About Dry Mounting Dead Baby Feet

I have custom picture framed many things in my life. From sew mounting a 24 by 36 inch Peruvian head dress to planning small multiple opening matted family photographs with frame I take care and pride in the work I do. More than that, people trust me with their precious items.

On occasion a *custom order stands out from the rest.

A woman recently came into the frame shop in search of a solution for framing ink prints of both hands and feet of her dead grand daughter. The black prints were on cotton. There was also an accompanying drop of blood on this white cotton. I suggested heat setting the prints, before she poured the planned thick coat of varnish over top of them in her shadow box collage, to set the ink in case it ran after the application of varnish. She left the store with the tiny 6 by 6 inch cotton and returned the following day with her shadow box. She showed me what she wanted to do. I said dry mounting to foam core would heat set the ink. I measured the inside of the shadow box at 12 by 12 inches. She placed the cotton and the other baby memorabilia where she wanted them, forming her collage and I punched those measurements into the framing computer system.

She paid for the mounting, gathered her shadow box, pictures and dried flowers then left. There was this smell. A smell I was unfamiliar with that came unbidden whenever the cotton was exposed… as though life or death was holding onto and surrounding the frame shop. I sandwiched these little feet, hands and blood into cardboard, numbered the bin and thought how sorry I was for this little still born soul. With the picture of the dead baby ringing clear in my mind from a few moments earlier I worked silently.

A couple of days ago I dry-mounted this order. Upon opening the cardboard the smell loomed. I cut the foamcore to 12 by 12 inches. I turned the dry mount machine on. I carefully placed the little hands, feet and blood stain a half inch from the bottom in the center on top of the foamcore. I tacked it on one corner with the heat gun adhering it to the board, lifted the seven foot long machine cover and placed this tiny order in the center. I closed the lid. I clasped the sides. Set the machine to three minutes and 150˚ Fahrenheit and hit start. I prayed.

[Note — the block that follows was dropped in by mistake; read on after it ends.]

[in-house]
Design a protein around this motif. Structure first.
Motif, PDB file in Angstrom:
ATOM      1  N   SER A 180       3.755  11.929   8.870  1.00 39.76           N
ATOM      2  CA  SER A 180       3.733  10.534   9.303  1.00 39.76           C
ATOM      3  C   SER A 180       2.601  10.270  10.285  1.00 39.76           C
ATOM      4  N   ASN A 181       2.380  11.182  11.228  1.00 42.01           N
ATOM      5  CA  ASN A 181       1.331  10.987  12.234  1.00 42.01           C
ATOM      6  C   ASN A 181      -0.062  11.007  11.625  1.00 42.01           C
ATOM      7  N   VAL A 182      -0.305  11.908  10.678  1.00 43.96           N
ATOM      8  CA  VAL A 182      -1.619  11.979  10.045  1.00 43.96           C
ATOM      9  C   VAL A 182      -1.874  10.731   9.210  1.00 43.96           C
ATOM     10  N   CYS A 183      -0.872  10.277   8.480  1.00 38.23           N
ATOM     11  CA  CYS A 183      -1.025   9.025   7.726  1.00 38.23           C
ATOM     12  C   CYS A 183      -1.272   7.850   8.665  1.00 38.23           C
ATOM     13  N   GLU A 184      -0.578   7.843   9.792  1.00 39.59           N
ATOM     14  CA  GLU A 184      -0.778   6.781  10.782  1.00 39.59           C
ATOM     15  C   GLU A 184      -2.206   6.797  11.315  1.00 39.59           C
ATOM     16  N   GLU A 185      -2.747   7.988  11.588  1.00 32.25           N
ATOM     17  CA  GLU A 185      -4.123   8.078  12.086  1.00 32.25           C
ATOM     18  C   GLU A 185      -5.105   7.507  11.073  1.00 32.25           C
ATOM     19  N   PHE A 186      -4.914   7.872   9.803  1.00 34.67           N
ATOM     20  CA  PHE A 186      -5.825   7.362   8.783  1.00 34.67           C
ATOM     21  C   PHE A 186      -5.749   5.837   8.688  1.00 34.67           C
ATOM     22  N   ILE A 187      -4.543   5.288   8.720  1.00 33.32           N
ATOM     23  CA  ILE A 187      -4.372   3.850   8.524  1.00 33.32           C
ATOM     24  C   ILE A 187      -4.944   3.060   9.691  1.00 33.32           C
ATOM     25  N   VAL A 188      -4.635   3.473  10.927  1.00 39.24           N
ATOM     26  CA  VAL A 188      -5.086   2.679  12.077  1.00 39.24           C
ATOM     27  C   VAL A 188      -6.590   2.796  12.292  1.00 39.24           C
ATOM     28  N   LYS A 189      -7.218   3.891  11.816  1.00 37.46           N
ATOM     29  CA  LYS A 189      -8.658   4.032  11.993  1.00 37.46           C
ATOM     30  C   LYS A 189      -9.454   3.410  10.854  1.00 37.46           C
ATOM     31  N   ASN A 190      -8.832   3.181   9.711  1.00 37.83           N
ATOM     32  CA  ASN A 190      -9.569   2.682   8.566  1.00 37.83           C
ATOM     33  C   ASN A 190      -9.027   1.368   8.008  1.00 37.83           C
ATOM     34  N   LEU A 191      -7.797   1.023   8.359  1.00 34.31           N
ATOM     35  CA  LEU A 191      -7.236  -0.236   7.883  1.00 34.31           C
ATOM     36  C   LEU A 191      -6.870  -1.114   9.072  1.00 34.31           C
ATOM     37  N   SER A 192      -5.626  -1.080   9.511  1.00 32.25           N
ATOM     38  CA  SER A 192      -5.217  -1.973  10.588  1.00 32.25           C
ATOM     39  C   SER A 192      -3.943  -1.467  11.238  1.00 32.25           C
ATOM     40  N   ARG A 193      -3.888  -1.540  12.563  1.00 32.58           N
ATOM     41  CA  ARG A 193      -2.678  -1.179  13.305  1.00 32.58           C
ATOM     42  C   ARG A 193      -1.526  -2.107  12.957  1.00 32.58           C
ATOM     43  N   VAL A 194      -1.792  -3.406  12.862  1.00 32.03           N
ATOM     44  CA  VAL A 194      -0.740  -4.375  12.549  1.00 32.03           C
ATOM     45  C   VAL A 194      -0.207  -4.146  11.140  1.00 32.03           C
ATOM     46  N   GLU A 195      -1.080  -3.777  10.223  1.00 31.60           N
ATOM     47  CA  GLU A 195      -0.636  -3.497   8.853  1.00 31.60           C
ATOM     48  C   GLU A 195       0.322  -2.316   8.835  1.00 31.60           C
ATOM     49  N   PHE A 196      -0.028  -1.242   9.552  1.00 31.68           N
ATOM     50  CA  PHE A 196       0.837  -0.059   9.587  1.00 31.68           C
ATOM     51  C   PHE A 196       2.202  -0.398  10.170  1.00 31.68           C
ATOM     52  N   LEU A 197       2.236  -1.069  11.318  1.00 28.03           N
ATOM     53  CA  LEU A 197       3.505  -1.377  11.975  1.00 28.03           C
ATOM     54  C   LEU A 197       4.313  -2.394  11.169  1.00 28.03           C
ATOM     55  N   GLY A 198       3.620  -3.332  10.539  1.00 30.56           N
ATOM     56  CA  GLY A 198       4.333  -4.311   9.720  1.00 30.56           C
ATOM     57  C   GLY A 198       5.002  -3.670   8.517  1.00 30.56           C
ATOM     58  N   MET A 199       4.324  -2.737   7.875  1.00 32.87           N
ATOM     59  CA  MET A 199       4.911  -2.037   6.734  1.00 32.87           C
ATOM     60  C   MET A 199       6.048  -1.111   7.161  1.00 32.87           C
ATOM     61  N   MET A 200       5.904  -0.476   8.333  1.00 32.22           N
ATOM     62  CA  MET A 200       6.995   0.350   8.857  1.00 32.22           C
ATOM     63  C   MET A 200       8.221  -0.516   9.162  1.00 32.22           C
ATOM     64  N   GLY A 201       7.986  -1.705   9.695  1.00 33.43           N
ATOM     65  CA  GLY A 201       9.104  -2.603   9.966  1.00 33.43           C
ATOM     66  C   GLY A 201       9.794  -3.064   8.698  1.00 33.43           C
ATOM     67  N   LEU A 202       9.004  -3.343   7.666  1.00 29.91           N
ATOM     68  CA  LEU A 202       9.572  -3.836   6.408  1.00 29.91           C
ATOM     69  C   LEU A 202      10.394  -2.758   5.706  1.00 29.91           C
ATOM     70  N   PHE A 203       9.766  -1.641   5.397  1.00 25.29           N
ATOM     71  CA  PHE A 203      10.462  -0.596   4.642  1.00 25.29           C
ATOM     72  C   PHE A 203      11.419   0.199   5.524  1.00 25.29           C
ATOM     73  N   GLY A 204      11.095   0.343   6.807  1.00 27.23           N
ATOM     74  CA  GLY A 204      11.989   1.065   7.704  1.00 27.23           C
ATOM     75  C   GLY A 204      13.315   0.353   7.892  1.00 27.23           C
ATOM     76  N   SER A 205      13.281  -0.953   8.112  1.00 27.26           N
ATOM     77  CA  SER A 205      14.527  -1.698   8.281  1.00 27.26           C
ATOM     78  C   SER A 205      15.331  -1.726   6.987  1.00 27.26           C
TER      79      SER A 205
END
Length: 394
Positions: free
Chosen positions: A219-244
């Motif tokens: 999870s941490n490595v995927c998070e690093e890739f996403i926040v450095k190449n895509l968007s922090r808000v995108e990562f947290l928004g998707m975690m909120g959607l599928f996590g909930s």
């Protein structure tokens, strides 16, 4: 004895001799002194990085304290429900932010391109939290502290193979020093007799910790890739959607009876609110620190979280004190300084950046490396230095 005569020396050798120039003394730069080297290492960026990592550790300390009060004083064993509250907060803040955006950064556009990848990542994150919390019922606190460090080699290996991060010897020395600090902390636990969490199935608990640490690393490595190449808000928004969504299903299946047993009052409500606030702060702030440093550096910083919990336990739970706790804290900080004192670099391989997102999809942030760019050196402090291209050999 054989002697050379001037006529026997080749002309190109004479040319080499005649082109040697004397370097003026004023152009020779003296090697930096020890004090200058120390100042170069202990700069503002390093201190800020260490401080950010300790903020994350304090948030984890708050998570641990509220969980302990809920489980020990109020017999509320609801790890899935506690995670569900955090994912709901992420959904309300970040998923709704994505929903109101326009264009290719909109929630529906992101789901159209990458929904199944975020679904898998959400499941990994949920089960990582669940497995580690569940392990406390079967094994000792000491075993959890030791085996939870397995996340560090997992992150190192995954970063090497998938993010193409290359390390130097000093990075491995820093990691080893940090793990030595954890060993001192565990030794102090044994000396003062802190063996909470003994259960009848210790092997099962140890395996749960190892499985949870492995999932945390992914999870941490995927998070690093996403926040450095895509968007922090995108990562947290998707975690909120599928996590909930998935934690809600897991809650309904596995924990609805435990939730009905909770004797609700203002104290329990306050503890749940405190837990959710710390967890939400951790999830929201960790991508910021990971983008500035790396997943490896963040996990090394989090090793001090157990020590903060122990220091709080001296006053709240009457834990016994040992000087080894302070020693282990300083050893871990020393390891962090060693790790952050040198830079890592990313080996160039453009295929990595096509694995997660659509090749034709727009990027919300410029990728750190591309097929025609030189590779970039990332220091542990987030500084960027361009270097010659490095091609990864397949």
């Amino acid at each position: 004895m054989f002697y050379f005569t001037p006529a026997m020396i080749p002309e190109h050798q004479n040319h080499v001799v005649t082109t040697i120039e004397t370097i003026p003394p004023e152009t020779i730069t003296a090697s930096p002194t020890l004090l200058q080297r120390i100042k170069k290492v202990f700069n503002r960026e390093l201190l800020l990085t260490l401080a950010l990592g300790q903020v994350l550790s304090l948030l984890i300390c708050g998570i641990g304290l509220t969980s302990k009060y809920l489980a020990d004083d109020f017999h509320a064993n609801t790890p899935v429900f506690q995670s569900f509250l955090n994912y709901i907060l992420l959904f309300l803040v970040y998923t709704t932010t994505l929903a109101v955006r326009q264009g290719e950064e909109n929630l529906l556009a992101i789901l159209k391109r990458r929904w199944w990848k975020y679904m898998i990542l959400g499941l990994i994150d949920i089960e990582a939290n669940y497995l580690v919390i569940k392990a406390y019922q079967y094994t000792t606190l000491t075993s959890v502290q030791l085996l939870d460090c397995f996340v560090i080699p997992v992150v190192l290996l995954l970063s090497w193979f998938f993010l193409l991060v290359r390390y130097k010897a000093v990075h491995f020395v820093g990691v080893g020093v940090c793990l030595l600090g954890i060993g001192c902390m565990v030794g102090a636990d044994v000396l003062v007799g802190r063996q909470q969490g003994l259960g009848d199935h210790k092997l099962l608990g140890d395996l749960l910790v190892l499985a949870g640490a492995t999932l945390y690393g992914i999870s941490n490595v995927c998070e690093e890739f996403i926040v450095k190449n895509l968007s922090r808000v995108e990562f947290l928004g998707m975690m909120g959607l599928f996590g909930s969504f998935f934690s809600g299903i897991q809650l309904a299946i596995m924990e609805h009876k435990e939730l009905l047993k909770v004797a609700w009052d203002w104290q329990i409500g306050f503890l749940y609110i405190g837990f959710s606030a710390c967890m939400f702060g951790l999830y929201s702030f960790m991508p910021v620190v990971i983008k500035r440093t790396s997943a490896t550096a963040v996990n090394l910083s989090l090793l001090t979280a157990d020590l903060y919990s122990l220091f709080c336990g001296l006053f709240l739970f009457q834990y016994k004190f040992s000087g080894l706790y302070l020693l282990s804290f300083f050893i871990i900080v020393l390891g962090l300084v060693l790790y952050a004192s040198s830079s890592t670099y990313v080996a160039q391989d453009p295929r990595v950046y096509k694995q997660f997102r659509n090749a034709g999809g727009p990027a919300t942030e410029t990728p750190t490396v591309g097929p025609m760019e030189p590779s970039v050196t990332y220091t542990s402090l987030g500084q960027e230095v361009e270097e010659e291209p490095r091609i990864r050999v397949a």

It was quiet in the frame shop that Tuesday evening. The calm before the Christmas storm.

Three minutes later… beep. BEEP. BEEP…
I hit stop.
Time stopped.

Another 12 seconds pass as I wait for the machine to decompress. I open the lid and lift the light green protective covers revealing these perfect little black ink prints of both hands and feet with blood stain mounted to foamcore. The smell is gone. The cotton now smooth, flat and heat set. The water in my eyes dry and I breath in life again.

Her memory will forever live on now.

RIP

*The exact details of this custom order have been changed to protect the identity of all those involved save for myself.

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